In post titled "Obama in 2001: Rumsfeld in the Mainstream," Tapper writes about then-Illinois state senator Obama's praise in early 2001 for Bush's defense secretary nominee, Donald Rumsfield. (Illinoisians stick together?) It's an an interesting post about how much we don't know about Obama's earlier political life, but what really caught my eye was this quote, which Tapper uses to make the point that not everyone was so enthusiastic about Rumsfeld at the time, even though his appointment sailed through the Senate with no opposition.
But some liberal voices opposed him from the get-go.Either the Obama unity virus is catching and more contagious than I thought, or Tapper knows something we don't, merging the competing dailies together into one liberal superpaper, The Capital Times & Wisconsin State Journal. What happened, I suspect, is that Tapper was doing his research online and got lost in the maze of Madison.com and couldn't find his way out without getting confused about what the print version of this entity was called. He probably thought the relationship between the two dailies was the same as over in Milwaukee, where the Journal and the Sentinel did merge long ago.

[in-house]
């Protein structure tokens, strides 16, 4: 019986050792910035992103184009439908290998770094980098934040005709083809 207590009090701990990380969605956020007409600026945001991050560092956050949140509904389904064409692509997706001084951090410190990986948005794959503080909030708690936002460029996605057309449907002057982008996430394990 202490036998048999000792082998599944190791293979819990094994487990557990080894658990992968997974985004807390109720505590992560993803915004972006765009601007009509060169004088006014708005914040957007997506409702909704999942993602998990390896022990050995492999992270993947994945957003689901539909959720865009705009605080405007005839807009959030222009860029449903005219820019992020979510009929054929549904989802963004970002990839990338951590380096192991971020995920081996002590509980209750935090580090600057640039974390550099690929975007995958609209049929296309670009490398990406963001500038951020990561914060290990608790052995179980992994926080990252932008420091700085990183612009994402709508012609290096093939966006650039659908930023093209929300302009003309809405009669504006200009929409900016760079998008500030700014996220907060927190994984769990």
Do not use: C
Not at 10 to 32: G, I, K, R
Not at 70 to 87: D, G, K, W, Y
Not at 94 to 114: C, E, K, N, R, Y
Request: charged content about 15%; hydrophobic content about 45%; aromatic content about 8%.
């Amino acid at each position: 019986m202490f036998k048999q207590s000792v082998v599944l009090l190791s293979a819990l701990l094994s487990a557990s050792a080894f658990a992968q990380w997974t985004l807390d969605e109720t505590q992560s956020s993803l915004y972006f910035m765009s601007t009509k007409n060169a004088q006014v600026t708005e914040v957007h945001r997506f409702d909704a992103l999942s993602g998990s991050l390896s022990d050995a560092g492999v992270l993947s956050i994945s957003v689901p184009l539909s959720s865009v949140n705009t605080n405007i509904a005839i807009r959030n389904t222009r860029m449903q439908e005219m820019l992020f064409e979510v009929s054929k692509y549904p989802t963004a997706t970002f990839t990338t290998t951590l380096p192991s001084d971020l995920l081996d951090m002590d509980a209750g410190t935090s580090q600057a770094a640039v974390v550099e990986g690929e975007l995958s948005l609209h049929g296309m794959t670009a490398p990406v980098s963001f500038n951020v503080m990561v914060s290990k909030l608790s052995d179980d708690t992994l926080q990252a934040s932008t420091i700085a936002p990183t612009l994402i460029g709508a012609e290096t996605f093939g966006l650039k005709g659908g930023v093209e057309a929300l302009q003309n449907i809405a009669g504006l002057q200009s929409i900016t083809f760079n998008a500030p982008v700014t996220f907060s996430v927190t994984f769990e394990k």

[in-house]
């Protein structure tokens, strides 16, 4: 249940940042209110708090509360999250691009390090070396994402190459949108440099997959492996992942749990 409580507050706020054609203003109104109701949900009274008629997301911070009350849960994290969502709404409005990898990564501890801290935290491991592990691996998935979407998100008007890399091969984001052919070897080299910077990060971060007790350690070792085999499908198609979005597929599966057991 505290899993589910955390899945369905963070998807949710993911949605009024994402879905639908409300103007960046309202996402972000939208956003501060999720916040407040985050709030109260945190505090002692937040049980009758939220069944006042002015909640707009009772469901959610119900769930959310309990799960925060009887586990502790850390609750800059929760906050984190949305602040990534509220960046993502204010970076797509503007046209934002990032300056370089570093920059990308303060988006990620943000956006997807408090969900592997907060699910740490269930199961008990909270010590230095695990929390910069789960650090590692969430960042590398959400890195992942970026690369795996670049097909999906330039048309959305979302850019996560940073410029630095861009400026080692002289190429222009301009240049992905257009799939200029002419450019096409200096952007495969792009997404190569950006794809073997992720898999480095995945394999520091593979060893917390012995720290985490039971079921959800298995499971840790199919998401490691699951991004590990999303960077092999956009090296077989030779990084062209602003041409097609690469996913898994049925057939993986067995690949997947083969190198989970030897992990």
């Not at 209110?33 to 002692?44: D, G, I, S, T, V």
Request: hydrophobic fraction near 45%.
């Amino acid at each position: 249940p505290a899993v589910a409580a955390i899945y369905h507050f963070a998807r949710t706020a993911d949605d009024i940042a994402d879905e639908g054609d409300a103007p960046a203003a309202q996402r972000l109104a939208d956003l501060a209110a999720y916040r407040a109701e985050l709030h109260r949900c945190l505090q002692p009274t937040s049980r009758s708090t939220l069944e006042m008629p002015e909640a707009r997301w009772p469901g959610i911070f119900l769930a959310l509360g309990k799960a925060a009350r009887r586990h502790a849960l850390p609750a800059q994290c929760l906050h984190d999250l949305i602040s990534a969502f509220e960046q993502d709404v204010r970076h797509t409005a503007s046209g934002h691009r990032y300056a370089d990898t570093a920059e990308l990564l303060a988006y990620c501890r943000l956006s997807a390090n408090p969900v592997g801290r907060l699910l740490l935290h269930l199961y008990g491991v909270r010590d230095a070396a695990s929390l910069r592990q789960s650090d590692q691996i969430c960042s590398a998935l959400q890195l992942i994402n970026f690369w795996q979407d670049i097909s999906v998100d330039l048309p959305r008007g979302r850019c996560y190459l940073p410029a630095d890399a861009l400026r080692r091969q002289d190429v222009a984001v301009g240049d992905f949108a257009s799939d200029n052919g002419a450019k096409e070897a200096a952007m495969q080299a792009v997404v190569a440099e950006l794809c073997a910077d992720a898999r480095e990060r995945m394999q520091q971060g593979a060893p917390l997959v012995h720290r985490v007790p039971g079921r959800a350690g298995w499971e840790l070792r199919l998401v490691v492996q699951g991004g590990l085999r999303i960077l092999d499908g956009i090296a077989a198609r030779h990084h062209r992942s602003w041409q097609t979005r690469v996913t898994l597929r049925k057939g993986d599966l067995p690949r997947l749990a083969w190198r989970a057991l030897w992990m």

"Rumsfeld is a throwback to Reagan- era approaches to defense policy and spending," editorialized The Capital Times & Wisconsin State Journal. "'Donald Rumsfeld is a dyed-in-the-wool hawk,' says John Isaacs, president of the Council for a Livable World. The record confirms that assessment. Rumsfeld's unquestioning support of the Star Wars national missile defense plan; his support for flawed weapon systems such as the B-1 bomber, the Trident nuclear missile and the MX missile; and his history of opposition to the SALT II nuclear arms treaty and the Comprehensive Test Ban Treaty and other attempts to reduce the risk of nuclear war mark him as a primitive Cold Warrior.
Concluded the liberal newspaper, "Rumsfeld belongs in the history books, not in the Cabinet."
That's one awesome newspaper name, though -- The Capital Times & Wisconsin State Journal. Conjures up images of John Nichols trying his hand at big, splashy front page service journalism features for Ellen Foley. Now that would be something.
As for Obama, you can't help wondering what other youthful enthusiams he has up his sleeve.